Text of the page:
Getting started with cURL in Windows

The abbreviation cURL stands for “Client for URLs” or “Curl URL Request Library”. It is a command-line program with the corresponding library for data transfers between computers in a network. The cURL software was developed by the programmer Daniel Stenberg. His original goal was to provide users of a chat program with data on currency-exchange rates which was retrieved from various websites. Thanks to its MIT free-software license, cURL can be used freely and has found its way into many operating systems – including Windows 10 which has been using cURL since the 1803 update published in April 2018. Everything curl is a highly comprehensive guide and provides information about what this tool can do for developers. In the following sections, you will find some practical examples of what cURL for Windows can do. You can try some of them out for yourself right now.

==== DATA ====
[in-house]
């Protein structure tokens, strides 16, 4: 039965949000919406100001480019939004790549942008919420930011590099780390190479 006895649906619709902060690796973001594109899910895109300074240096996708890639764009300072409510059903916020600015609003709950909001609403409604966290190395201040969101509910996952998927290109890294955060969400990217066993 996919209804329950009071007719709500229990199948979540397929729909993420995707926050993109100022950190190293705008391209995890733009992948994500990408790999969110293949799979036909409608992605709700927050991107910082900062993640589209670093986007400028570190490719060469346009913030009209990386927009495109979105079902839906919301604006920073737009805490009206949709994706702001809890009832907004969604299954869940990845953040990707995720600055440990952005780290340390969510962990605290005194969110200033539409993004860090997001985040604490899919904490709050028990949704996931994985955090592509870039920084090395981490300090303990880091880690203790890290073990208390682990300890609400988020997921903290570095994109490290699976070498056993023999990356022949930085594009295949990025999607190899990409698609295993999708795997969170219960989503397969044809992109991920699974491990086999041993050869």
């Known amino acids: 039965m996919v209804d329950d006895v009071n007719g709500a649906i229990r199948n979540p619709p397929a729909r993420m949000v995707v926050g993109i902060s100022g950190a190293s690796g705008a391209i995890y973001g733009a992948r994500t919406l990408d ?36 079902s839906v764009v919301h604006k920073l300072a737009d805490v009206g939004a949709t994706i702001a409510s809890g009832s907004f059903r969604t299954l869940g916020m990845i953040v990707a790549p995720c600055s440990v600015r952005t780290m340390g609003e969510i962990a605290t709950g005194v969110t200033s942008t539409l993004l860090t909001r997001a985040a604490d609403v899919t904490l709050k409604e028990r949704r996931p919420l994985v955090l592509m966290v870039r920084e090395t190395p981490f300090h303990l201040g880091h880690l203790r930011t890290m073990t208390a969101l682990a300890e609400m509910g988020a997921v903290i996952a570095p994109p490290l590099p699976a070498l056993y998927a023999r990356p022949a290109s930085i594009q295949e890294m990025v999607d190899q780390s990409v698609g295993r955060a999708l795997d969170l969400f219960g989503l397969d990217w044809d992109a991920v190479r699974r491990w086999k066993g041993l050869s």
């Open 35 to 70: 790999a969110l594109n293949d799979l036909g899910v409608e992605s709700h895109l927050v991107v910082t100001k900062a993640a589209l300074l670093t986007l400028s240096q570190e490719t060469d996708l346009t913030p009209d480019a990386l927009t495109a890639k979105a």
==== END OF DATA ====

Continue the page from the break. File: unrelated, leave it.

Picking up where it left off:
What exactly is cURL for Windows?

As with other operating systems, cURL for Windows consists of the executable file curl.exe and the library libcurl, which is an API written in the programming language C that implements cURL’s many functions. The commands are executed in the Windows command prompt window (i.e. the command line). There is a defined command syntax for this purpose:

C:\Users\user>curl [options …] <url>

In this example, <url> is the address of the website you want to interact with. The [options …] are used to define the instructions for performing operations such as page requests, downloads, uploads, posts, handling forms, and more. Many of the options have two ways to write them:

  • one with a minus sign and letters
  • the other with two minus signs and a command word

For example, to use the GET method as an option, you can do so with either “-G” or “--get”.

Checking the availability and version of cURL

First check whether your Windows version has cURL and then which version. To do so, open the command prompt window by typing “cmd” in the Windows search function. Enter the following:

C:\Users\user>curl --version

This will retrieve information about the available cURL version in your Windows 10 operating system.